My vision gets blurry. My hope fades sometimes. My trust waivers.

And all this from a pastor?

But here’s the deal: the disciples doubted. They lost hope, at least temporarily.
Sometimes, we fall into the trap that thinking that faith means never having doubts… we think that to believe means that the sun will always shine, and that will never be confused, and that we will never be afraid, that we will never look to the heavens and ask “why God?”

But that’s not really the definition, is it? There’s a distinction between faith and knowledge, and we are called to one and not so much the other.

(Hint: the answer rhymes with “faith”.)
Though the Gospels fairly consistently show that Jesus responds to radical faith, they also consistently show that he understands our human weakness. Somehow, someway doubt is a part of our legacy. Though we are not called to remain in it perpetually, neither are we called to pretend that it does not exist.
God allows for Saturday. Not just once, but over and over and over again.
Here’s to the doubters; Sunday’s coming.

40 Words: “Brokenness” (03.01.2016)


image from

“To be alive, is to be broken.” -Brennan Manning

I forget simple things, like that statement, over and over.

As I’ve said repeatedly, Lent is this season for reflection and contemplation, a time to clear space in my life into which God can speak…

… and I can listen.

At my church, we have been going through a sermon series called “SE7EN”, which is a journey through the Seven Deadly Sins and their effect on our lives. I’ve preached two of the sermons, and each time I have counseled people to get honest with someone and admit their failings.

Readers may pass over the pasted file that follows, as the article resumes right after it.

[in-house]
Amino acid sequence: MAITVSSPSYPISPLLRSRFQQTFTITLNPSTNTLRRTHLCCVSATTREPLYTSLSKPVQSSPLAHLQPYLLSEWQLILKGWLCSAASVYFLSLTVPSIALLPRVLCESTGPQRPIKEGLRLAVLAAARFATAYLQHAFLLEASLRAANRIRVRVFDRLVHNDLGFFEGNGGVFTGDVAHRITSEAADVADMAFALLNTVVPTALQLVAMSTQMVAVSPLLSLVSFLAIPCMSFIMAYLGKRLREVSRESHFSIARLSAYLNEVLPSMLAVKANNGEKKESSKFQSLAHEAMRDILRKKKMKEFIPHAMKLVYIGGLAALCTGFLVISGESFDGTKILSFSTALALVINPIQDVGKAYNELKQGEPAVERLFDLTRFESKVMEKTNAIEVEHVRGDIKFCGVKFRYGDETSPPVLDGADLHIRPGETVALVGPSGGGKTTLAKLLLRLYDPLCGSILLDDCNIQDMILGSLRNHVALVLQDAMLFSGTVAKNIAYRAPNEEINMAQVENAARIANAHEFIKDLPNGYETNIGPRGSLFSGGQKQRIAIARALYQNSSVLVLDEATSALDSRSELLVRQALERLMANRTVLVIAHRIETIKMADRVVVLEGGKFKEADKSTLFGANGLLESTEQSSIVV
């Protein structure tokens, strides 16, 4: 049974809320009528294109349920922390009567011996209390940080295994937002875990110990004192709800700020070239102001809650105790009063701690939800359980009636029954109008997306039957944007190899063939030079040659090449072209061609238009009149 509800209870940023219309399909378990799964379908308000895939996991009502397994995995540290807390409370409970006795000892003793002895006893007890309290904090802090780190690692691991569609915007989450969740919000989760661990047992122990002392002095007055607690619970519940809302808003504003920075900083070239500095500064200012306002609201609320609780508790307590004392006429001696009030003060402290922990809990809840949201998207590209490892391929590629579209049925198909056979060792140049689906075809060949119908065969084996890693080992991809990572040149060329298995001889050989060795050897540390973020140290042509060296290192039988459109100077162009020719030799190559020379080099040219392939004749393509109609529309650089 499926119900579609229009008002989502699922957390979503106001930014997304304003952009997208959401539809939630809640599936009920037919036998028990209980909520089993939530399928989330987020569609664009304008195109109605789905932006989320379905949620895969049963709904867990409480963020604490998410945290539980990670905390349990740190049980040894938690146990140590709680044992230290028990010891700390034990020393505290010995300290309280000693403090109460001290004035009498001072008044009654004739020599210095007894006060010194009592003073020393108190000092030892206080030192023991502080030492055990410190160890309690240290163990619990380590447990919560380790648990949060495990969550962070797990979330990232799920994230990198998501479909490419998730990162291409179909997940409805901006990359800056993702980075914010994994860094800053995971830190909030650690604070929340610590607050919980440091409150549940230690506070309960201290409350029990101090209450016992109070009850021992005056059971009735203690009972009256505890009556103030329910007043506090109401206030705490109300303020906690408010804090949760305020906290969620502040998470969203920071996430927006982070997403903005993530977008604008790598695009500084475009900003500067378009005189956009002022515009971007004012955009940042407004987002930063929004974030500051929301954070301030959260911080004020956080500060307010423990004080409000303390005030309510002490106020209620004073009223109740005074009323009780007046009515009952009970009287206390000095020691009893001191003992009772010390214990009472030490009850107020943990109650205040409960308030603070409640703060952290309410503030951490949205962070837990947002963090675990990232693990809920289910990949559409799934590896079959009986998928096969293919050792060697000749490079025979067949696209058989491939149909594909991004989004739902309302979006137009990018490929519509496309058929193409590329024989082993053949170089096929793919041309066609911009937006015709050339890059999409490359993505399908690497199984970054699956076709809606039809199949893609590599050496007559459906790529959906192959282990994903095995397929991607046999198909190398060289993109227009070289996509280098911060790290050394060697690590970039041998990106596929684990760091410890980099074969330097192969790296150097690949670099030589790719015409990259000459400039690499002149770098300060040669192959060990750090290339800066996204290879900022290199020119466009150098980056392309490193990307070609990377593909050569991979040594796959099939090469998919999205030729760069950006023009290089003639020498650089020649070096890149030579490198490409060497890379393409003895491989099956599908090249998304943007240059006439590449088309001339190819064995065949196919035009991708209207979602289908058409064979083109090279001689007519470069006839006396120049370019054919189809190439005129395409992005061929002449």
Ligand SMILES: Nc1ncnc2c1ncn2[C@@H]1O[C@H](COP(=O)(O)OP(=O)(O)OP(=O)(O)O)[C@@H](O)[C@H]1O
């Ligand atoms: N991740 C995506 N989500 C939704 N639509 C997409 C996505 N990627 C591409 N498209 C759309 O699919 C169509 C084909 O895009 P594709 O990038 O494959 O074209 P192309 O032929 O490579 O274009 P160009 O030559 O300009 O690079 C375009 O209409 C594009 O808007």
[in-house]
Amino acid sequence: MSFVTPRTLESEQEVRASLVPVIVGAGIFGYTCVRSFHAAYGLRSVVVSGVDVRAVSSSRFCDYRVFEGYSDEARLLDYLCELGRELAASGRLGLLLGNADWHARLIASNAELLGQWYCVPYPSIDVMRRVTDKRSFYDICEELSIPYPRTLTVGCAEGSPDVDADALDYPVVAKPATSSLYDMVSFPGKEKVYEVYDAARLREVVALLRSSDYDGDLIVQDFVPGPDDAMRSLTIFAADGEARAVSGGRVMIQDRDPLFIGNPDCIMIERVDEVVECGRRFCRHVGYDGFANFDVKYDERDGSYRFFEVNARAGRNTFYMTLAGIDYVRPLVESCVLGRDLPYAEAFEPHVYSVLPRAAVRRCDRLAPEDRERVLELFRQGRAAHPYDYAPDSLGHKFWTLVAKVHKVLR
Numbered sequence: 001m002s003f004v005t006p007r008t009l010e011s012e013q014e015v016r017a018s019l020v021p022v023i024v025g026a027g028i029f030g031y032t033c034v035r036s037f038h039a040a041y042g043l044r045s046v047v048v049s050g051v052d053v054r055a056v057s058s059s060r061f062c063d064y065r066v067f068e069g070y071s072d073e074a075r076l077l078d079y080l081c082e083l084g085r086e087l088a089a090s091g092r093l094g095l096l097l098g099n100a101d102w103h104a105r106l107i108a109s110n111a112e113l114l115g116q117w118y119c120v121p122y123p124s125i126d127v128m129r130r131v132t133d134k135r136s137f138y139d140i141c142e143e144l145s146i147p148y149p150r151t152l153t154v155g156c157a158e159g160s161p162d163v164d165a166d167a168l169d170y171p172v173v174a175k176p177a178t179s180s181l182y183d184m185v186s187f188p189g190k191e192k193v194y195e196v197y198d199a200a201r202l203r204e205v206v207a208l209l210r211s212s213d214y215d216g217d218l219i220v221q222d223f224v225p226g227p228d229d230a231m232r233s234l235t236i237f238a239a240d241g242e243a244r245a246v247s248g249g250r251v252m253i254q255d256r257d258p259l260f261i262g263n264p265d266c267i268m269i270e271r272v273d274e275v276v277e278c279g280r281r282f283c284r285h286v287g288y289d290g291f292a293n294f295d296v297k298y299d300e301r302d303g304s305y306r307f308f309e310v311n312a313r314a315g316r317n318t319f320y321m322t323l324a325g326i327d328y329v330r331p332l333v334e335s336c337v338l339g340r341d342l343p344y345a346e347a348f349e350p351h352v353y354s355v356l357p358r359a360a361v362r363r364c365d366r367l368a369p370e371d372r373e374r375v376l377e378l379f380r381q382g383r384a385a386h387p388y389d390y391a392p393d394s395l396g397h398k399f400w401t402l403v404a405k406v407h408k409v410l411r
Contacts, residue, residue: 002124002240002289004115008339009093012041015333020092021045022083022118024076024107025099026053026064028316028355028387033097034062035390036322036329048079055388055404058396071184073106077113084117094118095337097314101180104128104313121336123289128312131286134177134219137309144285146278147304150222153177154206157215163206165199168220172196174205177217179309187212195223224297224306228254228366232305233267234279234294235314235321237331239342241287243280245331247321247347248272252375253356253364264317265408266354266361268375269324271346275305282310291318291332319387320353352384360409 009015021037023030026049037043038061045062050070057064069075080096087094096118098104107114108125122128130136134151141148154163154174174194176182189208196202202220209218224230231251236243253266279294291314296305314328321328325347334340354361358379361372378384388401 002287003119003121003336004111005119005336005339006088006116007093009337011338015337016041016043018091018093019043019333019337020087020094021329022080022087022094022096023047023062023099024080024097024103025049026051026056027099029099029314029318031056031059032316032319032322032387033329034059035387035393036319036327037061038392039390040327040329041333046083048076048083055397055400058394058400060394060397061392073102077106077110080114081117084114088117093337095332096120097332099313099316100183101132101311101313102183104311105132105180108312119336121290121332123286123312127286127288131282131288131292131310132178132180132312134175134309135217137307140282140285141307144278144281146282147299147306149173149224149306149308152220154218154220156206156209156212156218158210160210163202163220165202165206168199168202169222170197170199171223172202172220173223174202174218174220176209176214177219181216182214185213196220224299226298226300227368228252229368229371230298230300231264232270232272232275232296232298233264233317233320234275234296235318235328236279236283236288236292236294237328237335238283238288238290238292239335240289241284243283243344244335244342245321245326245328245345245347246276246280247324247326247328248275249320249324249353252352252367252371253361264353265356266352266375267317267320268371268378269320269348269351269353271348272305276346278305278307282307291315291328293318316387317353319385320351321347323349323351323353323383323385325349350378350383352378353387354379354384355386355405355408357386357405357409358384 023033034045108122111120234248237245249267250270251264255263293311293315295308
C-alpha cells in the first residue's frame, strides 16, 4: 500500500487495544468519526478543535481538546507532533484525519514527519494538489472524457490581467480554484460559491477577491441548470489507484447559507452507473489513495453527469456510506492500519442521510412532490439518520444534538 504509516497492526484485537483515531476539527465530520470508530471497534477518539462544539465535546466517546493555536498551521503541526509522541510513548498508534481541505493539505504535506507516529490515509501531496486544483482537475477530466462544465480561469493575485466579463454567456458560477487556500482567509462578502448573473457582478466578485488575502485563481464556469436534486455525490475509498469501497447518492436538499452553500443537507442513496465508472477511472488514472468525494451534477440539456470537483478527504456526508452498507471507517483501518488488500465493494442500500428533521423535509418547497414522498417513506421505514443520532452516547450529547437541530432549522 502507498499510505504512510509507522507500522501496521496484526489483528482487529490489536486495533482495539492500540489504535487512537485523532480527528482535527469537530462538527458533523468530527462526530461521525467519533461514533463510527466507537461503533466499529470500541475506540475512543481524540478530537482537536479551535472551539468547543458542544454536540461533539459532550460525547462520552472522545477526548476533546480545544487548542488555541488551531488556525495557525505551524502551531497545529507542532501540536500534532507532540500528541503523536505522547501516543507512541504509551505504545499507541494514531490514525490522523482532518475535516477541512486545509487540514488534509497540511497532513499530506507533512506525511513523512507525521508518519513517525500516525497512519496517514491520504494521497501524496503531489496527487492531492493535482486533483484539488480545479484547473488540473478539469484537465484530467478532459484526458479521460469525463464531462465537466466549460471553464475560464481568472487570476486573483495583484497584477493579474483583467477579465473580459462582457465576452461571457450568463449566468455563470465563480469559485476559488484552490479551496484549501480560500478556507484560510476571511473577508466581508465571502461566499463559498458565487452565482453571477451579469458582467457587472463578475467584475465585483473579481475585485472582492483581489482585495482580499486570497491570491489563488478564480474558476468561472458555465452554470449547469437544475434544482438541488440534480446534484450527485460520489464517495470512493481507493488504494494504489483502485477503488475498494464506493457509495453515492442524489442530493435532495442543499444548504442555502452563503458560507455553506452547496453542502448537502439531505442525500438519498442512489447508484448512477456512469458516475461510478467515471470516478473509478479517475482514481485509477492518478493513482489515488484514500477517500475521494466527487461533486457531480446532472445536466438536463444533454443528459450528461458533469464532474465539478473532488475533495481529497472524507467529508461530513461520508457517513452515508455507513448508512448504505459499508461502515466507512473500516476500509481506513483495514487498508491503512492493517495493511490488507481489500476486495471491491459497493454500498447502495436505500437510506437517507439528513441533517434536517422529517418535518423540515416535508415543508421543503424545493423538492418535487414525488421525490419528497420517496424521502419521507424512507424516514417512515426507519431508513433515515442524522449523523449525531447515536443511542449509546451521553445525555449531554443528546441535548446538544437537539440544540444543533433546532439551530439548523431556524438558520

There’s no shame in having cracks and faults. We all have them; that’s what it means to inhabit this body of ours.

(Of course, the earth-shaking, universe-changing idea is that God decided to inhabit a body just like mine and live a 100% God-centered, God-focused life. This means that brokenness is not an inhibitor of God’s work. It means that brokenness and limitation is a place where God is willing to make his home, in some form or fashion. My job is to recognize that fact and live out that reality.)

Well, I want to get honest with you.

I’m lousy at fasting.

Last week, my wife was out of town, so I was being a faithful house husband: fixing dinner, reheating leftovers, supervising homework and in general running the monkey house.

I consistently blew my fast for 5 days in a row.

I don’t know what it was: the change in routine, the stress of being alone, etc., etc.

The reasons go on and on, but the bottom line remains the same: I failed to control my own self, my ego-driven desires and urges.

By the way, this is not beating myself up; this is merely taking responsibility

Never mind that I was writing daily about the importance of fasting.

Never mind that I had just delivered a message on fasting on Sunday.